Results and Discussion
Based on the methodology proposed, the results indicate that once the symptoms were observed in tomato fruit and microorganisms were were analyzed under microscopy, the following fungal species were identified as: Alternaria tenuissima, Botrytis cinerea, Cladosporium fulvum, Colletotrichum coccodes, Fusarium oxysporum, Geotrichum candidum, Rhizopus Stolonifer and Stemphylium macrosporoideum. The previous results agree with some of the isolates of Salazar , who when developing a study with Candelilla wax (Euphorbia antisyphilitica) organic in different concentrations, in different storage forms and with the factor of a cold chamber and in the environment, caused the poor condition in litchi fruit (Litchi chinensis). It should be noted that the same ones identified have been previously reported by Ureña et al. , and León and Arosemena , as the main problems of post-harvest fruit and vegetables, including tomatoes and mango [16,17].
It is important to note that, the fungi detected in the present study were found to affect only the peduncle area, and the entire back of the tomato was intact, healthy, practically undamaged, with exception of those fruit which where affected by Rhizopus and Geotrichum which caused a soft rot in the fruit almost completely damaging them. This area of the peduncle, is a site of cell reproduction and enlargement that causes a breakdown of the epidermis, causing fungal spores that become sporulated and generate an infection in the fruit [18,19]. In relation to the average variable of tomato damage due to the effect of pathogen damage for each treatment and repetition, it is shown in table 2. When the data were entered into the statistical program SAS (2001), an Analysis of Variance was run and the test of multiple means comparison by the Tukey method. The results show that no significant difference was found as shown in table 3. Furthermore, when performing the means test, no response was found for the treatments, since all the means managed to be within the same statistical group, which means that all the treatments behaved the same as can be seen in table 4.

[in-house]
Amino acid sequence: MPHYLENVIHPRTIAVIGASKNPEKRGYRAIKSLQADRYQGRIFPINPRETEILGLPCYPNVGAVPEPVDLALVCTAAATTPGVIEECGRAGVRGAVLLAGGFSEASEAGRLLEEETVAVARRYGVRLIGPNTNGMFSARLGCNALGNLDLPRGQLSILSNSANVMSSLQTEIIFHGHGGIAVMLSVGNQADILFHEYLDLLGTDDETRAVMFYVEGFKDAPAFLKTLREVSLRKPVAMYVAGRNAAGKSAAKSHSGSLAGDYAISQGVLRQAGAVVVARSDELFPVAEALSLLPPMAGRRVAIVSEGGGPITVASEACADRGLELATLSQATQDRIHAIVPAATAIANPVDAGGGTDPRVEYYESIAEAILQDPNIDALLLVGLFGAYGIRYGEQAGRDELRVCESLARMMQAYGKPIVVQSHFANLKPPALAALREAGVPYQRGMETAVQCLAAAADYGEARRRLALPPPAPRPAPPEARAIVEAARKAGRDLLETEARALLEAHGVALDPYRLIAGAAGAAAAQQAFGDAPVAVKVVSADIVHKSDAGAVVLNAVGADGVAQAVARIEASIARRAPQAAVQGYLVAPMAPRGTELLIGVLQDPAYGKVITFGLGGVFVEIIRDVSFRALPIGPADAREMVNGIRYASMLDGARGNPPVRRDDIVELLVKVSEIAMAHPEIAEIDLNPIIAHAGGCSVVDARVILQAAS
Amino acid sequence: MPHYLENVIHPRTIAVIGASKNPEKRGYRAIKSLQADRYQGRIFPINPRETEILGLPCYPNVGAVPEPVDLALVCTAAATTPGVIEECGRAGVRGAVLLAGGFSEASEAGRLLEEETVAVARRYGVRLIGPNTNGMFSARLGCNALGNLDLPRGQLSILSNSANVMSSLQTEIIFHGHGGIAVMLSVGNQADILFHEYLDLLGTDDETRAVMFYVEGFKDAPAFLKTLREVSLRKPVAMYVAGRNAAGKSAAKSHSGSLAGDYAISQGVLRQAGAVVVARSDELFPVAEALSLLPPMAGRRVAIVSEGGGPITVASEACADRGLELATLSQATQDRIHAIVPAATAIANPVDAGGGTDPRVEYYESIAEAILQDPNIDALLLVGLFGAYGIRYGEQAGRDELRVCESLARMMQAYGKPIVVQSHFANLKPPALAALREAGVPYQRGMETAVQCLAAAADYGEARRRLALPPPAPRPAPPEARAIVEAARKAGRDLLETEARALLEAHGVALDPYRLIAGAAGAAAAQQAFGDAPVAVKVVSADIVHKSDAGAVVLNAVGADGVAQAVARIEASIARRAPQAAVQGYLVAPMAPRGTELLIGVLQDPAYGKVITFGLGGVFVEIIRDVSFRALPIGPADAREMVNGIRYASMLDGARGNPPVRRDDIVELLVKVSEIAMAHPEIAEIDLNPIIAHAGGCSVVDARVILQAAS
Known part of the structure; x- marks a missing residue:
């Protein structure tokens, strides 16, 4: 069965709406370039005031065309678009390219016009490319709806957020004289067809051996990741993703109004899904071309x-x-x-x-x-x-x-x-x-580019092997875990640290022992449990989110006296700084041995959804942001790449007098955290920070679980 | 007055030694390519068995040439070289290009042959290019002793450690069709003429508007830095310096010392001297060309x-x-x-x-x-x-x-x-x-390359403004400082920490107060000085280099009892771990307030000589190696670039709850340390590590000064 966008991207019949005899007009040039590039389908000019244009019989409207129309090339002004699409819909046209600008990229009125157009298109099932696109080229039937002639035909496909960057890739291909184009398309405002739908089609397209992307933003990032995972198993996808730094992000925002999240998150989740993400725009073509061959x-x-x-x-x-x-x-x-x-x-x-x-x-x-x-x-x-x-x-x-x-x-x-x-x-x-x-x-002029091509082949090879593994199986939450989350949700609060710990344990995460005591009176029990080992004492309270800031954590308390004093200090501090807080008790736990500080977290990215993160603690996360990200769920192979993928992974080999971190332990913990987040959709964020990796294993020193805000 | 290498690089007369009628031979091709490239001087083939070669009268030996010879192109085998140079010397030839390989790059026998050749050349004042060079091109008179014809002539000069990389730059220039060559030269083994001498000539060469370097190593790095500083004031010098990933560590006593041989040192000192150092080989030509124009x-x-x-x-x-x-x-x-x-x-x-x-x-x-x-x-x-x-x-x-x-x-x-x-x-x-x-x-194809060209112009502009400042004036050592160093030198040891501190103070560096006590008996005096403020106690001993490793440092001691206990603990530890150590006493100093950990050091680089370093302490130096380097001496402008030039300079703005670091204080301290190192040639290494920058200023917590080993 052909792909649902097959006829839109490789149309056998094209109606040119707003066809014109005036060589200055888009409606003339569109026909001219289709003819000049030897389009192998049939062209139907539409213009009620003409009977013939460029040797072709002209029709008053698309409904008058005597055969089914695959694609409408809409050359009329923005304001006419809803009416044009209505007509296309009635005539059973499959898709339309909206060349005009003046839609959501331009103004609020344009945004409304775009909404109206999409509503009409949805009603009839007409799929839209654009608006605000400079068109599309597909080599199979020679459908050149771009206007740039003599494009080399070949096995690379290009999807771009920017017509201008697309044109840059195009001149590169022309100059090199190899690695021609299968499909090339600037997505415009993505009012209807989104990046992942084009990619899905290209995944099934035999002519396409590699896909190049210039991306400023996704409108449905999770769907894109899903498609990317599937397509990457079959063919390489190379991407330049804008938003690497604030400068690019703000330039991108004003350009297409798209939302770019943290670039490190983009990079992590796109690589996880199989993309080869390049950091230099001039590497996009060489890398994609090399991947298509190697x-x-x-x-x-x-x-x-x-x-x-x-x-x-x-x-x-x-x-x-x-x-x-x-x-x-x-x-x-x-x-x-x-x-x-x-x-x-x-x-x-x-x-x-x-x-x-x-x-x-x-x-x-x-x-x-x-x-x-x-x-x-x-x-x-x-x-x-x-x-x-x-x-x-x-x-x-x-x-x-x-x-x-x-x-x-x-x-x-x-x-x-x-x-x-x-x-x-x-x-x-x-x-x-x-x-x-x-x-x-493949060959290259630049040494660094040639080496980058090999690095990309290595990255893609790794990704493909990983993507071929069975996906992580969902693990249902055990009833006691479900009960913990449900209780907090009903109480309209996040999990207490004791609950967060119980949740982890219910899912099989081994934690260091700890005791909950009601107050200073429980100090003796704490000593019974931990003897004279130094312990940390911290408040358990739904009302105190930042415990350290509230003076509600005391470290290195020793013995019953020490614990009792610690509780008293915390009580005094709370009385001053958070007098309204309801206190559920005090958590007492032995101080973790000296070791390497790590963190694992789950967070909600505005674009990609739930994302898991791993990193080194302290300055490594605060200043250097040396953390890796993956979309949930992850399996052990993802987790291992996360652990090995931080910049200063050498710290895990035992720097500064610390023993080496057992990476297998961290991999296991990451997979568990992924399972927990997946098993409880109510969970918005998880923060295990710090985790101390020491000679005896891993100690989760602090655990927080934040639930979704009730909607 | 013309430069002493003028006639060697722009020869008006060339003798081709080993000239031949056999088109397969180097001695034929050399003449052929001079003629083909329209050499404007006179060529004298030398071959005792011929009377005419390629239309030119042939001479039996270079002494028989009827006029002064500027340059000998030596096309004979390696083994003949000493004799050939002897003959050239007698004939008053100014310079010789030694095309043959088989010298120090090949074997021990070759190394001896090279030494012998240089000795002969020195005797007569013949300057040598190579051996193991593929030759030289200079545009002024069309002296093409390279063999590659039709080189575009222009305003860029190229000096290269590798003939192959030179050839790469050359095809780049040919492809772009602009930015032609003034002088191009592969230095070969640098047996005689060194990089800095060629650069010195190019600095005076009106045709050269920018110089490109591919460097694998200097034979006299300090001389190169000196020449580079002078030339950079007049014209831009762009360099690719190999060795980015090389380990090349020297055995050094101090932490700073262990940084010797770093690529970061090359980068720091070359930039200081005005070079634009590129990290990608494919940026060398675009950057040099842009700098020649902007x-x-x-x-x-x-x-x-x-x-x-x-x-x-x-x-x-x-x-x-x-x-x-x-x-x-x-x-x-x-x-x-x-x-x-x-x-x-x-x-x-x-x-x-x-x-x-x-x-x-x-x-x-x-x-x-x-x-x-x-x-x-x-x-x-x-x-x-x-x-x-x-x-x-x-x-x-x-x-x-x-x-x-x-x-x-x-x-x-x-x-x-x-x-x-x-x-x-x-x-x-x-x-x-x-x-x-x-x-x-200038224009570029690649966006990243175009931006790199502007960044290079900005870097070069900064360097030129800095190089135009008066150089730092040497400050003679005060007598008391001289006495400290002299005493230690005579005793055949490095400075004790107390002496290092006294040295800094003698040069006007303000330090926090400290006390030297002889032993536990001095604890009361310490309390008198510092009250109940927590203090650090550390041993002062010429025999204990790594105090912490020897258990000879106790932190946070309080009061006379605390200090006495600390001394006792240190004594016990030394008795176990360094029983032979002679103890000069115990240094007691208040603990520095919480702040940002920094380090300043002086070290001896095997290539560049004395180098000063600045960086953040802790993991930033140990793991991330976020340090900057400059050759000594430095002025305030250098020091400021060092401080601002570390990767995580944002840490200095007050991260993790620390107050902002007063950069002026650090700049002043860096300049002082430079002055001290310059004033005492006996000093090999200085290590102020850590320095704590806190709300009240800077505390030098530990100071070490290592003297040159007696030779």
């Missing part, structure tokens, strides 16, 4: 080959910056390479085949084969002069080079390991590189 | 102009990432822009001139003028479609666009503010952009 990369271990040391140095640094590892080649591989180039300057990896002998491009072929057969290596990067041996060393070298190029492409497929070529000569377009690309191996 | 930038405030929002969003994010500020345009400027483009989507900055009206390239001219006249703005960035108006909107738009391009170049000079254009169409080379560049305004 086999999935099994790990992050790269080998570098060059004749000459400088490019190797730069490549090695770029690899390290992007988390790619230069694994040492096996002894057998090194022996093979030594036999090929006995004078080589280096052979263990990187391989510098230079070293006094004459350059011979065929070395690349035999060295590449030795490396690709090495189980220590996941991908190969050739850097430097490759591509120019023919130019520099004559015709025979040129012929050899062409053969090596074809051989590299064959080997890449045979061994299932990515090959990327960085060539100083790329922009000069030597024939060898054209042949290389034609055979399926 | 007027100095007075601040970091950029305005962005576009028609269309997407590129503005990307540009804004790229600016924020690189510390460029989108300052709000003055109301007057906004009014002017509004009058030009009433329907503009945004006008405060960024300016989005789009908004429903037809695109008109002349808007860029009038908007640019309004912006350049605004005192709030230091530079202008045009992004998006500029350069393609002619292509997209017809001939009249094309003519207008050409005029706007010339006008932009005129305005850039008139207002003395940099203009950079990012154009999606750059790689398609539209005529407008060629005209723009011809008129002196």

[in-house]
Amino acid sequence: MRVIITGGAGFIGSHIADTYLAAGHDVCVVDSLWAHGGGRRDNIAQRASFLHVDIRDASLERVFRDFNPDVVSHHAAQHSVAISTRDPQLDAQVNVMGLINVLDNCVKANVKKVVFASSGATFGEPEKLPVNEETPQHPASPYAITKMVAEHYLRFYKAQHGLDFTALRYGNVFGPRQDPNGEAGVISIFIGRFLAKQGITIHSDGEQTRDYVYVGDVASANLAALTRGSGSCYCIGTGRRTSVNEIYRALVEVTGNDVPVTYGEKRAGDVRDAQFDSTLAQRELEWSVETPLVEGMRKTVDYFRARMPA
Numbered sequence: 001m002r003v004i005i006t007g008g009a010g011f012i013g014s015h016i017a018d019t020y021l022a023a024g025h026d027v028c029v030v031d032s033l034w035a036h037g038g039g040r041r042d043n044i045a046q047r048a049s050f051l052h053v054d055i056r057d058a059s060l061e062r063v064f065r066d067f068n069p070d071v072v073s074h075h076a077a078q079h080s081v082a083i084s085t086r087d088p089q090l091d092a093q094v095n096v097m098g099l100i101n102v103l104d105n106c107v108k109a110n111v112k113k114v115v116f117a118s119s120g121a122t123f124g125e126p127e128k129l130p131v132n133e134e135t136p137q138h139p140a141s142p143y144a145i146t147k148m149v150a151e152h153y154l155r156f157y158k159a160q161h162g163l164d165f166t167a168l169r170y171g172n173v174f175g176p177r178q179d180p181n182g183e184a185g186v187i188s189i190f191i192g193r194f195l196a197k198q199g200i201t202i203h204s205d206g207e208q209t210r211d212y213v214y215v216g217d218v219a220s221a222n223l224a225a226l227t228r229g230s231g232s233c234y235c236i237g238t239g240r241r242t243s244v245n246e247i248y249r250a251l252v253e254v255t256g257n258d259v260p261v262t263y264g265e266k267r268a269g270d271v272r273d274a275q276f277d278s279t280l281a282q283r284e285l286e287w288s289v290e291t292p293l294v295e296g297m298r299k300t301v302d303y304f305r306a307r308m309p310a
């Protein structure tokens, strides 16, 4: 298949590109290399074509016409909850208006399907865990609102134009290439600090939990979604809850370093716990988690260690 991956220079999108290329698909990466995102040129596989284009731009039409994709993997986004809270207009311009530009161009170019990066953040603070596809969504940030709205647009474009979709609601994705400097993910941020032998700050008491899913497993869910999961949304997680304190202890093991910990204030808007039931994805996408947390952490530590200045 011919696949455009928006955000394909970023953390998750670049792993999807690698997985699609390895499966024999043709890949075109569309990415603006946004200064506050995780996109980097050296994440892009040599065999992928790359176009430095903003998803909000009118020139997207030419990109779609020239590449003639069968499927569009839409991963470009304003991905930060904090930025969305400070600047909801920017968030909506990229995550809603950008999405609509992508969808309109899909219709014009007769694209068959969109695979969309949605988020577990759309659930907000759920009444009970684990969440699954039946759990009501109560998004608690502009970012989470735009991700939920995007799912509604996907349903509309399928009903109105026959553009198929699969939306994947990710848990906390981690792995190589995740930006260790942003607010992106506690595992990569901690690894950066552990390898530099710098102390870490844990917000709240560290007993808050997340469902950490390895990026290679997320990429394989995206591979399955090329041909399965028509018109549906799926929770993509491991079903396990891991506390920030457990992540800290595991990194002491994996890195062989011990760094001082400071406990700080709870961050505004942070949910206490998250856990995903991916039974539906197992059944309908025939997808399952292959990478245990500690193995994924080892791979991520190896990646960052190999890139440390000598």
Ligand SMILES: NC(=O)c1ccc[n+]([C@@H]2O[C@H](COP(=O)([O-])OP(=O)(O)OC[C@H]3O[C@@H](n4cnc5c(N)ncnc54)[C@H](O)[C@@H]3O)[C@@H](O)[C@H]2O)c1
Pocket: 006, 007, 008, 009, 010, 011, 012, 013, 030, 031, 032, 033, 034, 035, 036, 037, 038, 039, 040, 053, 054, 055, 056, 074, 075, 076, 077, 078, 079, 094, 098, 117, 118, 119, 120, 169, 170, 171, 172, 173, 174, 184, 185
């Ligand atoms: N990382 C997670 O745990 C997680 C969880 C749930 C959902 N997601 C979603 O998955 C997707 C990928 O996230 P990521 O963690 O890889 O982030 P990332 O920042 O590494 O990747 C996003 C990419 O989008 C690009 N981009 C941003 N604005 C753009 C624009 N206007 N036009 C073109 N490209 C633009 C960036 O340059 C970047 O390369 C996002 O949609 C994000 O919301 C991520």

In table 4 the average percentage of loss for each treatment is shown, being treatment 1, which corresponds to the control, which presented a greater loss. On the other hand, treatments 2, 4, and 6 were those that numerically reflected the lowest average values or treatments that were less affected by post-harvest pathogens. It should be noted that treatment 6, which corresponds to the highest dose, showed the lowest loss compared to the lowest dose treatments, with a difference of 2 to 3% compared with treatments using doses of “CitryAntiBio”. However, when treatment 6 was compared with control treatment, the diference was showed in 6%. The results of the present study agree with , obtaining differences among treatments with higher doses compared to the control, up to 10%.